Safeguarding rights for employers | QCS

We are providers and have been invited to a safeguarding meeting in two weeks time. We have not been told who has made an accusation against us or what the nature of that is.
We feel we have a right to go to the meeting with full knowledge so that we can ensure we have adequate information with us.
What are our rights?

Sheila Scott
Answered by Sheila Scott


Thank you for your question.

I am very disappointed to hear that you have been invited to a safeguarding meeting and that you haven’t been informed of why the meeting has been called.

All responsible providers will want any safeguarding concerns to be dealt with as quickly as possible.

The Department of Health issued Statutory Guidance to support implementation of part 1 of the Care Act 2014 (which came into effect in April 2015) to local authorities in October 2014. This guidance can  be accessed via the link below.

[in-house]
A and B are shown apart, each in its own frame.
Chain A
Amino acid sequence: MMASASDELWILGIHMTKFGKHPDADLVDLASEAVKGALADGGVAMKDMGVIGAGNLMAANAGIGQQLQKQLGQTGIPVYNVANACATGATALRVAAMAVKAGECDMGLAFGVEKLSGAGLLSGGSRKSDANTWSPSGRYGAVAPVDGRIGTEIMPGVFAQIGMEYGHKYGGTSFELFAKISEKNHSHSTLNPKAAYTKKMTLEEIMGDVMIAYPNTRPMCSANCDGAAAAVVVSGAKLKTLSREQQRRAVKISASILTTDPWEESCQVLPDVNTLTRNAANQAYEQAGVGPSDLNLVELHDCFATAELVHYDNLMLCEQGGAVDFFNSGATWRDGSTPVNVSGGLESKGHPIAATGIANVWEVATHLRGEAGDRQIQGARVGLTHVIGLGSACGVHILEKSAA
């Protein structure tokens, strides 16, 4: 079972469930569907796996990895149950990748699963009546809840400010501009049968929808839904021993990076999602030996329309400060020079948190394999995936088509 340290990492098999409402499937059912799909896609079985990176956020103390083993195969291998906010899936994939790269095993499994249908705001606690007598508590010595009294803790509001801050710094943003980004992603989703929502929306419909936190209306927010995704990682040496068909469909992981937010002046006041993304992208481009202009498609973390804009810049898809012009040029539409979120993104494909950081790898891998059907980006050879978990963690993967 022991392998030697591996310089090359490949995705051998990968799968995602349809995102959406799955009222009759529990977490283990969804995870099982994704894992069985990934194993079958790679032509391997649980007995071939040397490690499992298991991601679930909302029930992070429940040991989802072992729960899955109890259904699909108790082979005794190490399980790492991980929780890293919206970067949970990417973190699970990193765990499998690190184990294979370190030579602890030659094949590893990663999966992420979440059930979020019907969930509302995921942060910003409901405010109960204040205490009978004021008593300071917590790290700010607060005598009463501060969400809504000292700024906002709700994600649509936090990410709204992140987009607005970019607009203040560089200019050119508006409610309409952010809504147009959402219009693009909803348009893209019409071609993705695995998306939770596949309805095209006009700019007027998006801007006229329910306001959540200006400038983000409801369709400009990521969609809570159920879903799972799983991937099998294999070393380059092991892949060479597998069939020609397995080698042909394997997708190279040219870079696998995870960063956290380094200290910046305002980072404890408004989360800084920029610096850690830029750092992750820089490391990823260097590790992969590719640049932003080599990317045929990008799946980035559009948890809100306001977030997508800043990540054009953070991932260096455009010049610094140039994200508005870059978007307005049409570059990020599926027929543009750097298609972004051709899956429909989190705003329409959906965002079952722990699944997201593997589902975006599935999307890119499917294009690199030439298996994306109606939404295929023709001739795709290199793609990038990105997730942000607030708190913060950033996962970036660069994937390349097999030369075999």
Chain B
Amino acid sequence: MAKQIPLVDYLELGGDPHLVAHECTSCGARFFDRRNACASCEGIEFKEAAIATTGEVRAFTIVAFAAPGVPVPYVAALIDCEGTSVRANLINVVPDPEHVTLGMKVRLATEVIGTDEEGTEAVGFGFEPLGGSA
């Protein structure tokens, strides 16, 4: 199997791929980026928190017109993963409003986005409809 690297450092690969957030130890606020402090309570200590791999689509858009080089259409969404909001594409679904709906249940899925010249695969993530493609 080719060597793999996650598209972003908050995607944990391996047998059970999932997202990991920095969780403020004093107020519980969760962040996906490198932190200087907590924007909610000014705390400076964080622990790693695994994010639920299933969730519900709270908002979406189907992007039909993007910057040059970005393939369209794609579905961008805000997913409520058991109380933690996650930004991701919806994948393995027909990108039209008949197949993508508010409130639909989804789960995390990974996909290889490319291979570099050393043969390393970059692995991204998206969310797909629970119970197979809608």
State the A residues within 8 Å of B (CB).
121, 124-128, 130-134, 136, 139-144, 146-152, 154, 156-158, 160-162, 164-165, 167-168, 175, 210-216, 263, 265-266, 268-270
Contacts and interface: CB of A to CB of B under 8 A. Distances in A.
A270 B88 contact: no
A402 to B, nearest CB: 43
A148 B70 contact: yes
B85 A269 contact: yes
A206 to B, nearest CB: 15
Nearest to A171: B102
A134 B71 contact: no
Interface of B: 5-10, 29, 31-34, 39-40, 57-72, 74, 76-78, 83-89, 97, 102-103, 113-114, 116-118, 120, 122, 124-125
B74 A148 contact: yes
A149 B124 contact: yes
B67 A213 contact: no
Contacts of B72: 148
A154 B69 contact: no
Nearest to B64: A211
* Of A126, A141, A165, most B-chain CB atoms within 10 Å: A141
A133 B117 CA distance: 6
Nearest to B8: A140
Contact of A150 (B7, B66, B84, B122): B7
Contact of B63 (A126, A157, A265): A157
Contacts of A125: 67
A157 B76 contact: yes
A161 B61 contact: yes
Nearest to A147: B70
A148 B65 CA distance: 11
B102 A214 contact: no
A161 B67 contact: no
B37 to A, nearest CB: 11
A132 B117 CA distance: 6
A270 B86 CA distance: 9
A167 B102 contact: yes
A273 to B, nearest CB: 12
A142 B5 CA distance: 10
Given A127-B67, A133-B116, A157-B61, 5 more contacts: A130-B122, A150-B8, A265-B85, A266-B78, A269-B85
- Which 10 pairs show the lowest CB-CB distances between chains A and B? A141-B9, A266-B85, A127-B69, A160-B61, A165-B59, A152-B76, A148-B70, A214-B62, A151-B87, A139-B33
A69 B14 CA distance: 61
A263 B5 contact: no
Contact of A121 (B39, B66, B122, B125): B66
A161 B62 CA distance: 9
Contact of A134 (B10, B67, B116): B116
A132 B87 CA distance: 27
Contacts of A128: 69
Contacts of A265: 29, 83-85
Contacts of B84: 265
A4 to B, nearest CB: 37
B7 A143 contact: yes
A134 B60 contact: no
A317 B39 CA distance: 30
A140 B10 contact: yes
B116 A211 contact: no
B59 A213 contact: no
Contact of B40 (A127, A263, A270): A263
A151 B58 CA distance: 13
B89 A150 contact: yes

The part about safeguarding is from page 191 to 224 of the guidance. I think you will find it helpful.

Providers are recognised in the Statutory Guidance as partners.

I would expect a local council to be open about the complaint and I believe that is what the Statutory Guidance expects too.

If you have asked the Council in writing to tell you what the meeting is about and they have refused to tell you then I would advise you to speak to a solicitor.

If you are a member of a trade association you may be able to speak to their legal helpline.

You are of course correct, you have rights too.

Best wishes.


Department of Health, ‘Care and Support Statutory Guidance’ –

About Sheila Scott

Sheila Scott OBE from National Care Association (NCA). Care is Sheila’s life; she possesses a strong command of the issues facing the care sector informed by her long career as a nursing professional, the owner and manager of a care business and as a leader in the care sector. 3. Read more

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